LAKELAND, Fla. — From Eduardo Rodriguez making his second Spring Training start to Javier Báez making his first appearance at Joker Marchant Stadium, the signs of the Tigers’ offseason investment were all over the field Wednesday. So, too, was the owner who authorized it.
“Tiger fans have been incredibly patient,” team chairman and CEO Christopher Ilitch said from the field as infield practice went on behind him. “They have lived through this rebuild process that we laid out quite clearly at the beginning, and a credit to [general manager] Al [Avila] and his entire team and [manager] A.J. [Hinch]. They’ve worked very hard and they’re delivering exactly what the plan was and how we laid it out, and it’s exciting.
“I just was talking to the players this morning in the clubhouse. The energy, the chemistry, you guys have been around it. You can feel it, I can feel it, we all can feel it. It’s exciting, and I think Tiger fans are going to be really excited about this team. And as our No. 1 fan, my son Trevor said, he said, ‘Dad, this team has really got the potential to surprise some different teams out there. We’re going to surprise some folks.’”
Báez and catcher Tucker Barnhart met with Ilitch individually, according to Avila, and thanked him for the investment.
“The vibe is really great,” Ilitch said. “I talked to the players as a group and then I talked to a number of them individually, and you could feel there’s great chemistry. You could tell they’re appreciative. I think our fans are appreciative and excited that we’re investing in our ballclub to build a competitive ballclub for the long term, and our players, they’re also appreciative and excited. Barnhart, [Andrew] Chafin, Rodriguez, all these guys are going to play an important role.”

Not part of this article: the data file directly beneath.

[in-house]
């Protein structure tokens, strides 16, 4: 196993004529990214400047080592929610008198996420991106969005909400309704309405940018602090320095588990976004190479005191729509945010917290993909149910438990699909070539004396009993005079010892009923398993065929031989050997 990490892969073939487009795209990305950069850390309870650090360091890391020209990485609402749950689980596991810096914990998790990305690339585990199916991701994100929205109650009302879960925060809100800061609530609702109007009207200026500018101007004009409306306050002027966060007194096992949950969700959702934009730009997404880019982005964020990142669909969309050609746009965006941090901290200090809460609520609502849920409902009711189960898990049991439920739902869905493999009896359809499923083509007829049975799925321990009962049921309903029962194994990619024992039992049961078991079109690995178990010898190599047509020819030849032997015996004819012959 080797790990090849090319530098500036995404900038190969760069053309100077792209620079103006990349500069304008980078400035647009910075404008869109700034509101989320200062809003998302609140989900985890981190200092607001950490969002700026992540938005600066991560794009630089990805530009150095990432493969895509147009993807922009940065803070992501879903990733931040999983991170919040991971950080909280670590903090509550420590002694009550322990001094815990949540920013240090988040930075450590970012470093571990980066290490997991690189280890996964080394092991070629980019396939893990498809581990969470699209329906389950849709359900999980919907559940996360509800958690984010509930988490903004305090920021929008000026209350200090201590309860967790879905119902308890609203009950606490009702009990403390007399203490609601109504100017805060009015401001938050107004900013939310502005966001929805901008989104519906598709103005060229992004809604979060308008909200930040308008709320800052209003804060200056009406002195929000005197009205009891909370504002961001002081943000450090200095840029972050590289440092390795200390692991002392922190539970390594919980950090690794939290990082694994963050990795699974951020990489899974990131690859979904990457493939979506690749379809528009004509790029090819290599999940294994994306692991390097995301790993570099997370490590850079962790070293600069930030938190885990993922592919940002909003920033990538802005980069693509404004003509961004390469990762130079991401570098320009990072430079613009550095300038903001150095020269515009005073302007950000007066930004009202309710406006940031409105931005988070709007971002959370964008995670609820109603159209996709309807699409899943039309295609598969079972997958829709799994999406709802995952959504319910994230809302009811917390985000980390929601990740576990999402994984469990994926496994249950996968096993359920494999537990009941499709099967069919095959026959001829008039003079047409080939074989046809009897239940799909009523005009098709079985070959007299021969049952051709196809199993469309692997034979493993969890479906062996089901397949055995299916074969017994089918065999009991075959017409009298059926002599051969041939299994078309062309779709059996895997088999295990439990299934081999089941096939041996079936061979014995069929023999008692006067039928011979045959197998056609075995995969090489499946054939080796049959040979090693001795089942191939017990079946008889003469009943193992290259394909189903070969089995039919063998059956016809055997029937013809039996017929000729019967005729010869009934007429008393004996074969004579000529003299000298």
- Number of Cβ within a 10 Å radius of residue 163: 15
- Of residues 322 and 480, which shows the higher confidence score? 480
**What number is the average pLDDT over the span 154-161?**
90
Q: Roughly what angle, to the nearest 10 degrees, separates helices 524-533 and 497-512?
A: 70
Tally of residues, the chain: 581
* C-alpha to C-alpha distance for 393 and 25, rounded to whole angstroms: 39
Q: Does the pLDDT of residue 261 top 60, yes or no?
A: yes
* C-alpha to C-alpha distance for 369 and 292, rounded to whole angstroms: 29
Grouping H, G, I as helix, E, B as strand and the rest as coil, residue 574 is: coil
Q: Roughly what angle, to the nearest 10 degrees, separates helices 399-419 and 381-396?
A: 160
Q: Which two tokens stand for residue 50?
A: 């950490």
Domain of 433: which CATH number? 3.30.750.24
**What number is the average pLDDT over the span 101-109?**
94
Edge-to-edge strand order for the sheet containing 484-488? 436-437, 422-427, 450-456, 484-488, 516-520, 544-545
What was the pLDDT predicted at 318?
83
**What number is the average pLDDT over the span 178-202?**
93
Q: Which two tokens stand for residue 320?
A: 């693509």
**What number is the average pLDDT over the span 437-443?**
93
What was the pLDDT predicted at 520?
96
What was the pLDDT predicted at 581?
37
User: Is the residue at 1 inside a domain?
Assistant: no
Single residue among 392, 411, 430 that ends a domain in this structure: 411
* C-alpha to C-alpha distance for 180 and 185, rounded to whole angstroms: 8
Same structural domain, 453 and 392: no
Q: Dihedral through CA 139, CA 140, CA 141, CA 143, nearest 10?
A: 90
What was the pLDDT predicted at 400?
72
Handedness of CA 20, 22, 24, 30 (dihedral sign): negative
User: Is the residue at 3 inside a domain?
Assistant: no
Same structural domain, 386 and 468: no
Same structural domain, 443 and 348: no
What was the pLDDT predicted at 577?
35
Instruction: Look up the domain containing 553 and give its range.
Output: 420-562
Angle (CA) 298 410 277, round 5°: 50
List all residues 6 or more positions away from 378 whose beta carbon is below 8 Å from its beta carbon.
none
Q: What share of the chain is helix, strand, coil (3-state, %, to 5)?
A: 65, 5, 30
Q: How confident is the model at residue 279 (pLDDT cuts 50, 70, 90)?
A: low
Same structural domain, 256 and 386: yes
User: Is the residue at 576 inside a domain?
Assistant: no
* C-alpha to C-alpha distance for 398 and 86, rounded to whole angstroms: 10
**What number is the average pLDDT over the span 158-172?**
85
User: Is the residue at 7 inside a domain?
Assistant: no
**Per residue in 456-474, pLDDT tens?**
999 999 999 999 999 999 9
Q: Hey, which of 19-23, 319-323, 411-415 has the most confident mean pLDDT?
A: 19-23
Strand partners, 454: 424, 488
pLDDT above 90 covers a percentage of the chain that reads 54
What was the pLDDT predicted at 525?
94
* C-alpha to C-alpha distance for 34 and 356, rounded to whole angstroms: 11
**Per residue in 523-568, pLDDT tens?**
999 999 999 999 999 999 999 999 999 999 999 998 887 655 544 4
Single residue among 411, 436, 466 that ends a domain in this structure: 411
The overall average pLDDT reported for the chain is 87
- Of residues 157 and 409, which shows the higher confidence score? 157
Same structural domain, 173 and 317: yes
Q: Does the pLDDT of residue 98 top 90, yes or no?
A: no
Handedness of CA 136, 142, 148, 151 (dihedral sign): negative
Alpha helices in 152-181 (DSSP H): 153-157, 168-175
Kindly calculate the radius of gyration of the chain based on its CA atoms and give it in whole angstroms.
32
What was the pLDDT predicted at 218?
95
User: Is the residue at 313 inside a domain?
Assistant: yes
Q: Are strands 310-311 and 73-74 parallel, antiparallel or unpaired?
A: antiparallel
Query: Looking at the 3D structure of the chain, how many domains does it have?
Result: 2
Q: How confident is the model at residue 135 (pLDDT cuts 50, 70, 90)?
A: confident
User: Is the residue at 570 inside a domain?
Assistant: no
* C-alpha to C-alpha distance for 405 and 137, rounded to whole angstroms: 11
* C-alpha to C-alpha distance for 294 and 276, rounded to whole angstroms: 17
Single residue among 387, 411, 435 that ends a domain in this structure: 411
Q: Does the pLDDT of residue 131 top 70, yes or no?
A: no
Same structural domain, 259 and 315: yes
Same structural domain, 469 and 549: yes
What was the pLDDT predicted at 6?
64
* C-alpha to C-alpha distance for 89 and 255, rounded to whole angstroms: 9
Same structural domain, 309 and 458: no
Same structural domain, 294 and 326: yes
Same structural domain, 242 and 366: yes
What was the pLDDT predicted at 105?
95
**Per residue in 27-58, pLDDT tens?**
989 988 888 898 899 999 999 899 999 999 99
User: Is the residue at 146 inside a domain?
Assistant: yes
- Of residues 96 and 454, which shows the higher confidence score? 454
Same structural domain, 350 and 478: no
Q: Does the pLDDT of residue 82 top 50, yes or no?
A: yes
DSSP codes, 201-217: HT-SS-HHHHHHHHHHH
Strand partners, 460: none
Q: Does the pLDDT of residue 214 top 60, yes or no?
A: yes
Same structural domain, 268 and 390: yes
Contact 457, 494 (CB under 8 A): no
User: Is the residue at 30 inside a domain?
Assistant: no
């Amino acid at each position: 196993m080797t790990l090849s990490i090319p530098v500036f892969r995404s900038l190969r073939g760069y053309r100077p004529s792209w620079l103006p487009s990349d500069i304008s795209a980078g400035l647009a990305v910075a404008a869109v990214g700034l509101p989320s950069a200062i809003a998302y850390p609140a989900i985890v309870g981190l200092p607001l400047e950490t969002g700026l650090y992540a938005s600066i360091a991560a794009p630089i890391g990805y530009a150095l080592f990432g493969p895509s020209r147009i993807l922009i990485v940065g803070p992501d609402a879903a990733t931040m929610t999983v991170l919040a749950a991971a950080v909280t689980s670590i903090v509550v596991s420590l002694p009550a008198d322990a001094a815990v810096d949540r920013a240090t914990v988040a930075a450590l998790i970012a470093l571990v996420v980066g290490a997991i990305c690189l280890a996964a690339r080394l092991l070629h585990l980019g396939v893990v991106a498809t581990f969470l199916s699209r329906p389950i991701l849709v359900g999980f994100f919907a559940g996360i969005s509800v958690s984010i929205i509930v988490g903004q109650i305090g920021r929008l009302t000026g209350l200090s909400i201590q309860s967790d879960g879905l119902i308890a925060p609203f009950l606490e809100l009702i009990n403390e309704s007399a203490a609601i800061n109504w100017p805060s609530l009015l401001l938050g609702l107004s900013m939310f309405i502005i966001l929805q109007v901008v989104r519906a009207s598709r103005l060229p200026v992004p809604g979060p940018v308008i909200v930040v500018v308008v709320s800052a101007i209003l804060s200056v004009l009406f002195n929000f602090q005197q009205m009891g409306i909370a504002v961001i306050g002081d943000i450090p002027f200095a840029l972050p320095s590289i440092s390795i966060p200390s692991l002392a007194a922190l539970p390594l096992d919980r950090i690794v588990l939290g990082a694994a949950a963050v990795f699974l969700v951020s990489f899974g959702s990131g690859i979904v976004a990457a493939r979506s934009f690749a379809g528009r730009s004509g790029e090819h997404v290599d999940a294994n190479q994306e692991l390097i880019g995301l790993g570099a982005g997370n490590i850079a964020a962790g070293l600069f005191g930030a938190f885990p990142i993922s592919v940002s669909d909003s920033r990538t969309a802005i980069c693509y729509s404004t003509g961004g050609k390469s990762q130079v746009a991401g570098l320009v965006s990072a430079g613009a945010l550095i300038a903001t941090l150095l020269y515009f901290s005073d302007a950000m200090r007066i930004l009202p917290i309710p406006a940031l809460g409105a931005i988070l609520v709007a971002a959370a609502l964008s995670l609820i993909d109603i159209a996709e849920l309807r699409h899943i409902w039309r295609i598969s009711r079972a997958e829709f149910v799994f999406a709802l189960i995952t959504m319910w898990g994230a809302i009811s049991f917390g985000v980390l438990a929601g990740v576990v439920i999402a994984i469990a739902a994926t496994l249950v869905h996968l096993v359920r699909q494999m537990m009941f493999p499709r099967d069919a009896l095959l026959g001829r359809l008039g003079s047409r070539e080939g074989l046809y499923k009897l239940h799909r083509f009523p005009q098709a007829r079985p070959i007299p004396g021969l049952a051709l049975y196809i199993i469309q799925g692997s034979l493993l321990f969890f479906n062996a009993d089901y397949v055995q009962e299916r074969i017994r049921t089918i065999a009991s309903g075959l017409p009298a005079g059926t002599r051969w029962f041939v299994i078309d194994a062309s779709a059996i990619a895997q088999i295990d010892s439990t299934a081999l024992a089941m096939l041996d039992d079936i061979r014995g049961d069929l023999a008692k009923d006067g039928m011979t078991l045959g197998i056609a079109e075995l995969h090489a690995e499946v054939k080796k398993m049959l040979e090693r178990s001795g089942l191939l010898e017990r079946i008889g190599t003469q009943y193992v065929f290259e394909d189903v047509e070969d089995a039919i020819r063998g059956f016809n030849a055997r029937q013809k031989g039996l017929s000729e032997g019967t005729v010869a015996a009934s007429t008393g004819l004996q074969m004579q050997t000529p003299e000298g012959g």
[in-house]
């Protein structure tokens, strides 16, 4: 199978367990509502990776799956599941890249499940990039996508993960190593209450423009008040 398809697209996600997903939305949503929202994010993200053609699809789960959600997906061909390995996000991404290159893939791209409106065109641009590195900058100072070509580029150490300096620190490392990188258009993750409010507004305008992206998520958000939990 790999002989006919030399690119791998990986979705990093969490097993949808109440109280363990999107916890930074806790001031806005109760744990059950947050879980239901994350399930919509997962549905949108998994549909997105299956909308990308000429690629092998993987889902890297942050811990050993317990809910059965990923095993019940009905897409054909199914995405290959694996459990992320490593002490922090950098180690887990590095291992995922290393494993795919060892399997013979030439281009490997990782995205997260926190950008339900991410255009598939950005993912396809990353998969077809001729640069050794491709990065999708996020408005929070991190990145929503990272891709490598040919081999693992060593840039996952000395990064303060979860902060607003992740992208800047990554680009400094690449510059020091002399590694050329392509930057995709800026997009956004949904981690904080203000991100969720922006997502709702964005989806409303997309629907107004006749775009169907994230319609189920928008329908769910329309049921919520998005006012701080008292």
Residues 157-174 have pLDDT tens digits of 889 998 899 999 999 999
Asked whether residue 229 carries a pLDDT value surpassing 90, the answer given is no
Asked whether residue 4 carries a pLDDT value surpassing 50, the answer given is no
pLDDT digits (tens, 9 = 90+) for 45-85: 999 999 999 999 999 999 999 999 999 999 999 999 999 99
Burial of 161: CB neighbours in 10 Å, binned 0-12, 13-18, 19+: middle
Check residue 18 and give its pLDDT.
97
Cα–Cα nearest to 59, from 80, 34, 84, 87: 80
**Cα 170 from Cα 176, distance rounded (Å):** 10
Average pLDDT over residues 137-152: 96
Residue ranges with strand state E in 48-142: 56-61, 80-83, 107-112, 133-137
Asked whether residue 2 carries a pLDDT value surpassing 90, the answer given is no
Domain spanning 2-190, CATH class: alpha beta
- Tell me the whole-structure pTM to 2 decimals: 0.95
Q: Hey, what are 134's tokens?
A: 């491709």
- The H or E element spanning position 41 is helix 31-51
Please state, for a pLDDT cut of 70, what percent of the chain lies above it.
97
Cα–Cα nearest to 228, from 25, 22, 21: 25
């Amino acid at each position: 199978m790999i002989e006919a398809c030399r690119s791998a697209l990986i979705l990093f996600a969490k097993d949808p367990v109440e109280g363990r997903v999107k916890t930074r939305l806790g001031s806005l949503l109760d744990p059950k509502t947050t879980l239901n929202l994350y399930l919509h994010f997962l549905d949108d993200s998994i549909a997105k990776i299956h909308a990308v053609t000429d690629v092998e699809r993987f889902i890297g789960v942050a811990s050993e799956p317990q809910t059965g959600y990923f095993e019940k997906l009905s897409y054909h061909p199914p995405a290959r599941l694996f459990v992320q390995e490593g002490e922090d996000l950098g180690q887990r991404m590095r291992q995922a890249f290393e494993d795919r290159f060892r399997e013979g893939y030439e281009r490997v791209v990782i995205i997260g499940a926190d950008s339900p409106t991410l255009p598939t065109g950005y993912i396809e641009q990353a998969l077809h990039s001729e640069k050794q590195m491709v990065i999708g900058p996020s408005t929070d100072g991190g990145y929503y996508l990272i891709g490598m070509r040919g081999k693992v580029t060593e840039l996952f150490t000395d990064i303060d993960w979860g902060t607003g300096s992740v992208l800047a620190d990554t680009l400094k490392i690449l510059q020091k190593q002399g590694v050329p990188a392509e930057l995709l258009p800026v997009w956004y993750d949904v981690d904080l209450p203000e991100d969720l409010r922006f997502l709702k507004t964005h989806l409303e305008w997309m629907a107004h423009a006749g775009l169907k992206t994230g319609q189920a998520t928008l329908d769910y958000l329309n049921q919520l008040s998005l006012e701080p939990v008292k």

Barnhart was the Tigers’ first addition of the offseason, acquired via trade from the Reds. Báez was the biggest move, signing a six-year, $140 million contract as a free agent.
“You look at what Al and his team and what our organization has done during this offseason, we’ve addressed a lot of needs,” Ilitch said. “We have gone out and done exactly what we said we would do, which is fill in our needs through free agency. And when you look at what we’ve added, I think our club added as much payroll as any club in baseball over the course of this offseason.”
Ilitch disputed a report that he opposed raising the Competitive Balance Tax threshold during negotiations on the Collective Bargaining Agreement.
Tigers, Turnbull exchange arbitration figures
The Tigers reached agreements on one-year contracts to avoid arbitration with seven of their eight arb-eligible players. They exchanged proposals with right-hander Spencer Turnbull, setting the stage for a hearing.
Right-handers Michael Fulmer ($4,950,000), Joe Jiménez and José Cisnero, third baseman Jeimer Candelario ($5,800,000), outfielder Victor Reyes, catcher Dustin Garneau and utilityman Harold Castro agreed to terms on one-year contracts.
Turnbull filed for arbitration for $2,100,000, while the Tigers filed for $1,325,000, according to MLB.com’s Mark Feinsand. While the two sides could still reach an agreement before a hearing, the Tigers have trended away from that in recent years once figures are exchanged. If the two sides go to a hearing, an arbitrator would decide on one figure or the other.
The shortened offseason schedule means a hearing would take place during the season. That isn’t quite as disruptive in Turnbull’s case, since he’ll be continuing his rehab from Tommy John surgery in hopes of returning to action late this season.